The goal of this kind of dining is not seduction; it is experience. In the underground, that can mean the experience of being served undercooked chicken by a couple of Southern gals in a little Spanish house in Laurel Canyon. (My husband vomited when we got home, though it could have been the full jar of homemade pickles he ate to kill time before the first course came out.) You can pay for a meal in a West Hollywood apartment that belongs to a cook who is by day an assembler of mystery boxes on “Master Chef” and whose only oven is of the toaster variety. In New York, there are dinner parties on subway trains. In Austin, they hunt and field-dress wild boar. Often, you prepay for your “ticket” on PayPal. In most cases, these restaurants are underground in name only. Many of them have Web sites. A few have “underground restaurant” in the URL.
Several weeks ago, I went to pHeast, an itinerant underground restaurant that bills itself as “live art.” The chef, Isaiah Frizzell, is an amateur molecular gastronomist and a grandson of the honky-tonk singer Lefty Frizzell. “A lot of people claim to be the sons, daughters, and grandchildren of Lefty, but I have his ring in my pocket,” he told me. We were standing at a tiny counter in the tiny kitchen of an architect’s apartment in Santa Monica. On the floor was a sweating cannister of liquid nitrogen. On the counter were deli cups filled with Seussian blobs of green-pea purée that had been spherified with sodium alginate and calcium lactate. “The skin on it creates a gusher inside,” he said, depositing them into bowls. They kept bursting. “It’s O.K., it’s O.K., if it’s gone it’s O.K.,” he said nervously. “You still get the effect ’cause you get the gel for the skin.”
Frizzell went out to the patio, where the guests were assembled at a long table. “This is nose-to-tail eating, in a vegetable fashion,” he said, presenting the peas. Several courses followed, meagre and mainly protein-free. At a certain point, even the hostess’s enthusiasm seemed to be growing forced. “It is totally amazing what you can do with my tiny kitchen!” she chirped, over a plate of red-cabbage juice that had been turned into what Frizzell described as a “fluid gel” thickened with ultratex, a tapioca starch. When a tray of bacon-infused whiskey cotton-candy pops, made by the bartender, came around, the diners snatched at them desperately. Then it was time for “nitrogen play.” Frizzell decanted the liquid nitrogen into a small bottle with red-bell-pepper coulis and whippets inside, and shook it wildly before shooting the contents into a bowl. Cold smoke tumbled out and rolled down the long table. “Red-bell-pepper Dippin’ Dots!” Frizzell announced triumphantly, spooning a pile onto every plate. They melted on my tongue—the ghost of nourishment. I thought of something the founder of the Web site Gusta had said about underground dining: “We liken it to going to a doctor. You don’t say, ‘This is the medicine I need.’ They tell you what you need. The chef tells you what you should be eating.” In this case, I was able to self-diagnose: what I needed was some food. I saw a gourmet truck on the way home, and stopped for a hot dog.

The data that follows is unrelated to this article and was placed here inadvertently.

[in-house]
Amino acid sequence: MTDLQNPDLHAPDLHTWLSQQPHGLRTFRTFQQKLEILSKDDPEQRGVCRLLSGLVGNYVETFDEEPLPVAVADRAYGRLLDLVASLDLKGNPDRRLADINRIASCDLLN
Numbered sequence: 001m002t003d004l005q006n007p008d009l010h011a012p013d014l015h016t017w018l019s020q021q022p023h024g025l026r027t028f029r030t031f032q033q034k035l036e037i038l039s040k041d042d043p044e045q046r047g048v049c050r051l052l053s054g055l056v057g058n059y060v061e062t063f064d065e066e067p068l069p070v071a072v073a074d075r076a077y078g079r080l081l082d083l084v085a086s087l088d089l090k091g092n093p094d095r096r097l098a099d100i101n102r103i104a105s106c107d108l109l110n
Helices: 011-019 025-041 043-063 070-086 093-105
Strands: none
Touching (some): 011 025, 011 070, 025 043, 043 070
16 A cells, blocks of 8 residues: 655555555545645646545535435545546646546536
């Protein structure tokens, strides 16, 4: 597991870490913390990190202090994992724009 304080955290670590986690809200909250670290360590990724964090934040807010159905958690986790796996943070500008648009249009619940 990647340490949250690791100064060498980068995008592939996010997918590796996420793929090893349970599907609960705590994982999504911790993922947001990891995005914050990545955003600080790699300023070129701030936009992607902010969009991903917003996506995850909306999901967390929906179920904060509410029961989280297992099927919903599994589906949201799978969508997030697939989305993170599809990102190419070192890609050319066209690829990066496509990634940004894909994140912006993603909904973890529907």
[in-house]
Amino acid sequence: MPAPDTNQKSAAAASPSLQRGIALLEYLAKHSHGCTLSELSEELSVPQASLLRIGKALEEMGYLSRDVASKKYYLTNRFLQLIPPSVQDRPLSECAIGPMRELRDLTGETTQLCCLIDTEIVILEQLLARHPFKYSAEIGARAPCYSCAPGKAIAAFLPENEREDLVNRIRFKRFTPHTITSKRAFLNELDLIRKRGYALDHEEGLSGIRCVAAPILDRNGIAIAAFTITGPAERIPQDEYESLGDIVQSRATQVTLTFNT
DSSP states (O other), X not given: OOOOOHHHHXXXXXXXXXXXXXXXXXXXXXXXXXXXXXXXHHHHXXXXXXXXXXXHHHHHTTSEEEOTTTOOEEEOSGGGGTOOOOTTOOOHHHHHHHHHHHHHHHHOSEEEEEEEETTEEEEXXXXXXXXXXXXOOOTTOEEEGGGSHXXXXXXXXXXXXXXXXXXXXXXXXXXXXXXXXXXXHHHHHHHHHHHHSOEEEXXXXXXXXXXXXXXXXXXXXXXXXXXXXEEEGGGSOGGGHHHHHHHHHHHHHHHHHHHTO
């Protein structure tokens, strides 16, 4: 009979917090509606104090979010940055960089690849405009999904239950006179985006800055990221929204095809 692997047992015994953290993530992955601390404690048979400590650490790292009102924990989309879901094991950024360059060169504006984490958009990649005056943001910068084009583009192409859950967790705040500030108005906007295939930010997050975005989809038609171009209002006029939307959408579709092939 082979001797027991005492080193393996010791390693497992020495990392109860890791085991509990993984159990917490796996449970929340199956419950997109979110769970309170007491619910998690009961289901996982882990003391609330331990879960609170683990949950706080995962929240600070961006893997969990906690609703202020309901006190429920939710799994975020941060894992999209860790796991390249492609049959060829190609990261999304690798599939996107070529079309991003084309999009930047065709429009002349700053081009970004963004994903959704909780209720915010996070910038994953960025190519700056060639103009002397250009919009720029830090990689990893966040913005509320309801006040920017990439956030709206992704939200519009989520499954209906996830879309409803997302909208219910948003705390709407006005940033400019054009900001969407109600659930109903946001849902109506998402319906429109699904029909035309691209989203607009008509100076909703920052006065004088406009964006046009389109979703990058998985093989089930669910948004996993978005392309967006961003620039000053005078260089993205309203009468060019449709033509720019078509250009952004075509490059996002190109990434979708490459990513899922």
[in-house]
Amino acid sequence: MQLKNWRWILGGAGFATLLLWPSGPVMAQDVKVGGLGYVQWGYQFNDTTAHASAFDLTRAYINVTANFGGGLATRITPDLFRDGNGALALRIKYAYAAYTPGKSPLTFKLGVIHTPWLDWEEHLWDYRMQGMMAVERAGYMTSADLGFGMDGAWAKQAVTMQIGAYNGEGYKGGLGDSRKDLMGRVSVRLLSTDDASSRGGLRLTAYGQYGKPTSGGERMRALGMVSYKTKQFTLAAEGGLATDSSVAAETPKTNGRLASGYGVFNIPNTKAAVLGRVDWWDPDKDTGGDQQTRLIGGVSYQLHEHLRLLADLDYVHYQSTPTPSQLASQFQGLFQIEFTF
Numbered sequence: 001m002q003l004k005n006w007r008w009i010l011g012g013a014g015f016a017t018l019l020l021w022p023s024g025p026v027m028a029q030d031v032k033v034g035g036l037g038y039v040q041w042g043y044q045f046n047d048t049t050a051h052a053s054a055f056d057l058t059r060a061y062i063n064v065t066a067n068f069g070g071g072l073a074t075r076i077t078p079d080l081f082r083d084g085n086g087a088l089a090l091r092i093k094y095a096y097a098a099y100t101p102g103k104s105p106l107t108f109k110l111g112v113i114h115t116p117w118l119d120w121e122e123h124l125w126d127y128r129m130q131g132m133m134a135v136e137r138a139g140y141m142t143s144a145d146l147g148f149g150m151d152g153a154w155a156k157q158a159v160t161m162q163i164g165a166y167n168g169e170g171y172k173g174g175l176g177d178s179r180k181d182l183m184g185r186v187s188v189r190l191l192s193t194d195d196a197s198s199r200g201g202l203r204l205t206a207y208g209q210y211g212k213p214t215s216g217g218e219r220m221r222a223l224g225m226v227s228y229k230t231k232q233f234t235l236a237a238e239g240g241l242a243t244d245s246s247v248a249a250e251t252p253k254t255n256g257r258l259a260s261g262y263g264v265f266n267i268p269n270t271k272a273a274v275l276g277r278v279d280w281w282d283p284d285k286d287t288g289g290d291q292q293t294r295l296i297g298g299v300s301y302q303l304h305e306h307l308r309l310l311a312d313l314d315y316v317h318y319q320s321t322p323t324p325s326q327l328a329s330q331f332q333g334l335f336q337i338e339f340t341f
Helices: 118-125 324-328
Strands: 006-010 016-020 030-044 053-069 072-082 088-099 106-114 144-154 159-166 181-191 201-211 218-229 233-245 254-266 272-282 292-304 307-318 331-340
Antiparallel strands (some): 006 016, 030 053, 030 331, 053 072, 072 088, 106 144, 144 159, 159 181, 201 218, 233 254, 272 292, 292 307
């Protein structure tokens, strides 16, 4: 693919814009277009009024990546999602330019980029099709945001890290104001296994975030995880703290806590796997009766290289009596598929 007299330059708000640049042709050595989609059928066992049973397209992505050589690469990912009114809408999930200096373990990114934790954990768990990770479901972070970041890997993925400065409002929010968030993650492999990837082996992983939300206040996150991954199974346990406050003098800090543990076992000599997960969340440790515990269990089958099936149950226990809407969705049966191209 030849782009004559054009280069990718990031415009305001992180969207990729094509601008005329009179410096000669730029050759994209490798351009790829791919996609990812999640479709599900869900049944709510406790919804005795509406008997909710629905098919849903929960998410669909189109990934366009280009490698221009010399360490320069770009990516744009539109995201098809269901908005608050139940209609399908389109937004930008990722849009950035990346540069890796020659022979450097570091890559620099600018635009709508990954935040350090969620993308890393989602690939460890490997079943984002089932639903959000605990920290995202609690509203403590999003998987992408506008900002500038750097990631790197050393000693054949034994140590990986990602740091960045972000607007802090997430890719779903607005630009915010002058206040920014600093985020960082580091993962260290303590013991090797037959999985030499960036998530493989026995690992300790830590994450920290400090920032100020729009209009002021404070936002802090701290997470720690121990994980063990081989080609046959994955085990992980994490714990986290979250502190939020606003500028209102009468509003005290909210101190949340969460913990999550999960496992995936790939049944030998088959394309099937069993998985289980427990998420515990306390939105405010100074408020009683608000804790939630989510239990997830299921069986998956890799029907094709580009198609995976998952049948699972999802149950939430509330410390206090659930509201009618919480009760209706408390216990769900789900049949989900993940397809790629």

The traditional restaurant business—expensive lease, fickle clientele—can be unforgiving. In the spring of 2007, Gonpachi, an izakaya place popular in Tokyo—scenes from “Kill Bill” were filmed there—came to Beverly Hills. It had three buildings and a large garden with a koi pond, and occupied thirteen thousand square feet on a stretch of La Cienega Boulevard. The build took three and a half years and cost more than eighteen million dollars. (The beams in the main space, a two-story room meant to evoke a traditional village during a festival, were from a nineteenth-century house in Japan.) Gonpachi offered sushi, yakitori, and sumiyaki, and had a glass-walled room where patrons could watch a soba master making noodles by hand. This past winter, it closed.
It was still sitting vacant one Thursday in June when Thornton and his crew found themselves with twenty-five hundred servings of food and nowhere to serve it. An event that Dos Equis had planned to throw in an old Bank of America building downtown, with Thornton cooking (and belly dancers, Chinese acrobats, and Brazilian Carnival dancers performing), had been cancelled that morning because of a problem with a permit. With half a day’s notice, Thornton decided to pop up at Gonpachi.
When I arrived at Thornton’s apartment in the late afternoon, I found him in an inside-out green Army shirt and a camouflage cap, counting and quartering grilled peaches for a pork-belly dish. “This is a good opportunity to make some people happy who have never eaten the food,” he said. The menu—eight courses, designed for a broader spectrum of the beer-drinking public and meant to be consumed in just twenty minutes—was the diffusion version of Wolvesmouth. “I’m trying to appeal to foodies with the technique and consistency but also to have a hook to bring in a mass audience,” he had told me earlier. He went over to the fridge, where a menu was posted, and crossed out items that were completed. “Peach done,” he muttered. “Tuna done. Tomato relish done. The rib eye we might be able to cook whole. Strawberry. Tres leches done. Done done done done done. Finishing fritter. Relish done.”